General Motors Co. and POSCO Chemical are working with the governments of Canada and Quebec to build a new facility in Bécancour, Quebec, estimated at $400 million. The new facility will produce cathode active material (CAM) for GM’s Ultium batteries, which will power electric vehicles such as the Chevrolet Silverado EV, GMC Hummer EV and Cadillac LYRIQ.
The companies previously announced plans to form a CAM processing joint venture in December 2021, majority-owned by POSCO Chemical. Construction of the new facility, which the joint venture will operate, will begin immediately and will create approximately 200 jobs. The site’s construction will allow for future expansion opportunities as GM continues to pursue many potential future EV supply chain projects.
The Quebec site will process CAM, a key battery material consisting of components like processed nickel, lithium and other materials representing about 40% of the cost of a battery cell.
By the end of 2025, GM plans to have the capacity to build 1 million electric vehicles in North America, and the company targets the majority of components by value to be sustainably sourced, processed or manufactured in North America.
GM has announced a series of actions to create a new and more secure EV supply chain, including projects targeting key EV materials and components:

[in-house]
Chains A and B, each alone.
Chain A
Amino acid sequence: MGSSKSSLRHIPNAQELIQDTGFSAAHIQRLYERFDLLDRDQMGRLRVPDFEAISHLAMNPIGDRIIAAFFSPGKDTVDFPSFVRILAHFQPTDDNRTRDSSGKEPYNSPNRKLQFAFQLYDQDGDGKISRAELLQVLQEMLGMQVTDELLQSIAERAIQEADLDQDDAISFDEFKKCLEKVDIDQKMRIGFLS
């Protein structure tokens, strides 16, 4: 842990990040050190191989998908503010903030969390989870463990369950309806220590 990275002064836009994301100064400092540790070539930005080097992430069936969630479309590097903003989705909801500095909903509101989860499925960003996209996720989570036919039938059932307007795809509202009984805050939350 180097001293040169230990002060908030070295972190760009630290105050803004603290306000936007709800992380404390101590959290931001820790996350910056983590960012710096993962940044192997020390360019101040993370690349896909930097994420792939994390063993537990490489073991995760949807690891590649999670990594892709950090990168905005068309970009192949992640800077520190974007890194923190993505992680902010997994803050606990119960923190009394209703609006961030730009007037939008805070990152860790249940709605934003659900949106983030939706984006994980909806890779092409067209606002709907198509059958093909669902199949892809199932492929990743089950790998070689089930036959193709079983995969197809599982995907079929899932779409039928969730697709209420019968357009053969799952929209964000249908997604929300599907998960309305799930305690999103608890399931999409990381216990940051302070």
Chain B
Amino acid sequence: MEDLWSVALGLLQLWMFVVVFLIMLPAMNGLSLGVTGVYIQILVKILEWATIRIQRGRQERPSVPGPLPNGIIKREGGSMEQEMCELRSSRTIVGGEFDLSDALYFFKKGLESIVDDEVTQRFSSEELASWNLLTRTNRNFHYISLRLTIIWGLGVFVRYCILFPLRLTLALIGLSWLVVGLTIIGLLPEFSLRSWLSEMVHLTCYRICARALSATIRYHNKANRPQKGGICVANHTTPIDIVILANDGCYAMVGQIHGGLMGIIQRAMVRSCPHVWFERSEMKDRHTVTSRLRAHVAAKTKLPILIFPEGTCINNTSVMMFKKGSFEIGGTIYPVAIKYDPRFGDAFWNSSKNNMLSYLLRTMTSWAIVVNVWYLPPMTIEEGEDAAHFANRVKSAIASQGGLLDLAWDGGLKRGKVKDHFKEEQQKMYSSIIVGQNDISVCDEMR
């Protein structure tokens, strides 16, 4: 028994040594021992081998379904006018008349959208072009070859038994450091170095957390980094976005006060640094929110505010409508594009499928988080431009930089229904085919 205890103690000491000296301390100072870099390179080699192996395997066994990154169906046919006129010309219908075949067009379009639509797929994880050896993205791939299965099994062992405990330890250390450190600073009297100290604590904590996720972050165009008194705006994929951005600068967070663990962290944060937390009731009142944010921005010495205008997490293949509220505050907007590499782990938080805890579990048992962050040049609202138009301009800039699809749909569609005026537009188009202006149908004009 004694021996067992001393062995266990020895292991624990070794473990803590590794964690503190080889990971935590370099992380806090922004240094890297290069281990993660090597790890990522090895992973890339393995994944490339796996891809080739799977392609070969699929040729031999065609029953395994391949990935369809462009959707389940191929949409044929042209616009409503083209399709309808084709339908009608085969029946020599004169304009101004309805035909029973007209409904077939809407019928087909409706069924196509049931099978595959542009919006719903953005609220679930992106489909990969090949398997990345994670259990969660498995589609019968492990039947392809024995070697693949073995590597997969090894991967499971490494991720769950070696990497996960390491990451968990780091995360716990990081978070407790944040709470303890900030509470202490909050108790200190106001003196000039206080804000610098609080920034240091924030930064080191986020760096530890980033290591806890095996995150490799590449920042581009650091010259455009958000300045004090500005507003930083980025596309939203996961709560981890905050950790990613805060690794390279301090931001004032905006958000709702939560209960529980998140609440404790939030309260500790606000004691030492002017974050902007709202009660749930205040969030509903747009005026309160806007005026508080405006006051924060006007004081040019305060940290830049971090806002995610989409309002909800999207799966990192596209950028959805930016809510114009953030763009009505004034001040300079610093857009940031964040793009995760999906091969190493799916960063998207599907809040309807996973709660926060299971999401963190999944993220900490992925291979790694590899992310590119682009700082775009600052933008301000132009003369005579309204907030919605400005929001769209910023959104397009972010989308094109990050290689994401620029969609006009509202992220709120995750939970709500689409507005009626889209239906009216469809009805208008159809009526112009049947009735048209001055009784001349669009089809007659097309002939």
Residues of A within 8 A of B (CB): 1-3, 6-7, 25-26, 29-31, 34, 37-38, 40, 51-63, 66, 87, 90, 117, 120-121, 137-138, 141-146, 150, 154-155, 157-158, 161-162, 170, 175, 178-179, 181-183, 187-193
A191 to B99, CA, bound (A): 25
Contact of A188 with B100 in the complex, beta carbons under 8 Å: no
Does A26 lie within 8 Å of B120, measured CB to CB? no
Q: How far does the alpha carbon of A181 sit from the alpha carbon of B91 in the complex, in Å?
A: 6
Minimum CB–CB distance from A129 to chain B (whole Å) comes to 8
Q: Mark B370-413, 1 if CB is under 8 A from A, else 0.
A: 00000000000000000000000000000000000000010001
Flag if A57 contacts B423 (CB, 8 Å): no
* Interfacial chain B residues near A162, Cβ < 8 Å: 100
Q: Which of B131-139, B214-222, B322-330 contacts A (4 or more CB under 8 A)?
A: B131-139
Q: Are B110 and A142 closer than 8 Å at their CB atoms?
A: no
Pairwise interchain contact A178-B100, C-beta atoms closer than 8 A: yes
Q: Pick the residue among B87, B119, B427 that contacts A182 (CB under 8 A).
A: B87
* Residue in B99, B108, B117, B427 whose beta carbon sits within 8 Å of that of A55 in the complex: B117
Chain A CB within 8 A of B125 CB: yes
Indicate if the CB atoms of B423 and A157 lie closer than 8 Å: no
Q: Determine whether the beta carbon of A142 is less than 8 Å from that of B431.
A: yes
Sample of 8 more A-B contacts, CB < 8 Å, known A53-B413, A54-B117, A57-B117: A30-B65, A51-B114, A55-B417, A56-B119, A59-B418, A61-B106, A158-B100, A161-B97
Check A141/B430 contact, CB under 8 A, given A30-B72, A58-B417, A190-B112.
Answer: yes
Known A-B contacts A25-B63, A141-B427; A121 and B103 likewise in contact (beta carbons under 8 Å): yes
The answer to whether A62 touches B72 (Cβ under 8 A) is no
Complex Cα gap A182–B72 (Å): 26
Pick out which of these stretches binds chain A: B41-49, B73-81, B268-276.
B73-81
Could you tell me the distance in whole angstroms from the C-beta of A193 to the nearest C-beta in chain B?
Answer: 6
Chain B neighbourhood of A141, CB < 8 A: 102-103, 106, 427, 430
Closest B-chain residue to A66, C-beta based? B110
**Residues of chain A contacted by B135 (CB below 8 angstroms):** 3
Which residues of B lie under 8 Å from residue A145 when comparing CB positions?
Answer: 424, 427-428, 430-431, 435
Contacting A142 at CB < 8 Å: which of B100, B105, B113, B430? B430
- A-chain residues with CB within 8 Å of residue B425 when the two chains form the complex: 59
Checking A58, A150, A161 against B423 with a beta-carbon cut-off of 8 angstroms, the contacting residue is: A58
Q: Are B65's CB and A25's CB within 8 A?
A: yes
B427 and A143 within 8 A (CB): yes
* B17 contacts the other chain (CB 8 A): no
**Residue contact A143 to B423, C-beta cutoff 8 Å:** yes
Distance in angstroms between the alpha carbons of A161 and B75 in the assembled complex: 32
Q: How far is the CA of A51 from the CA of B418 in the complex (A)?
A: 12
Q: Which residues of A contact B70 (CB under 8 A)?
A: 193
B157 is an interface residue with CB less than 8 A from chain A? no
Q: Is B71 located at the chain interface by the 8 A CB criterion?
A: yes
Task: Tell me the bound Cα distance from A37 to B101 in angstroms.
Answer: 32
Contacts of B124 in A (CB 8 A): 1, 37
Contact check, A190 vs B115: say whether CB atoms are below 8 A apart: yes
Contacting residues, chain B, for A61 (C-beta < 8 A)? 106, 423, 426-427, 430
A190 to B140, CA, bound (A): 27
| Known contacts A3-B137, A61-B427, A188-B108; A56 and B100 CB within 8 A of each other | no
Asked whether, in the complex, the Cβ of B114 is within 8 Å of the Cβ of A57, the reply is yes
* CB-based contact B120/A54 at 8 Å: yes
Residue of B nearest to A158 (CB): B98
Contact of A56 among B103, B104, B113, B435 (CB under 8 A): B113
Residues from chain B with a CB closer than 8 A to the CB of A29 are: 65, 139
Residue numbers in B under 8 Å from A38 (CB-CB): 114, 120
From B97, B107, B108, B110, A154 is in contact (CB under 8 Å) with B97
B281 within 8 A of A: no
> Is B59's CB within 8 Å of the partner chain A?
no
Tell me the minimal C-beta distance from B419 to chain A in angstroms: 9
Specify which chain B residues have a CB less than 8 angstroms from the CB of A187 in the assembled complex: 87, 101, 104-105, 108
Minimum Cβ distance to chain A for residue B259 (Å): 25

- Lithium with Controlled Thermal Resources (CTR) to secure lithium produced by the first stage of its Hell’s Kitchen Project in California.
- Rare earth materials with GE, to develop a rare earth value chain.
- Alloy flakes with MP Materials, who will establish the first North American processing site for alloy flakes. The company will then expand into magnet manufacturing around 2025 at its new production facility in Fort Worth, Texas.
- Permanent magnets with VAC, the largest producer of permanent magnets in the Western Hemisphere with nearly 100 years of experience. VAC will establish a North America footprint to support GM’s magnet requirements starting in 2024, including locally sourced raw materials and finished magnet production.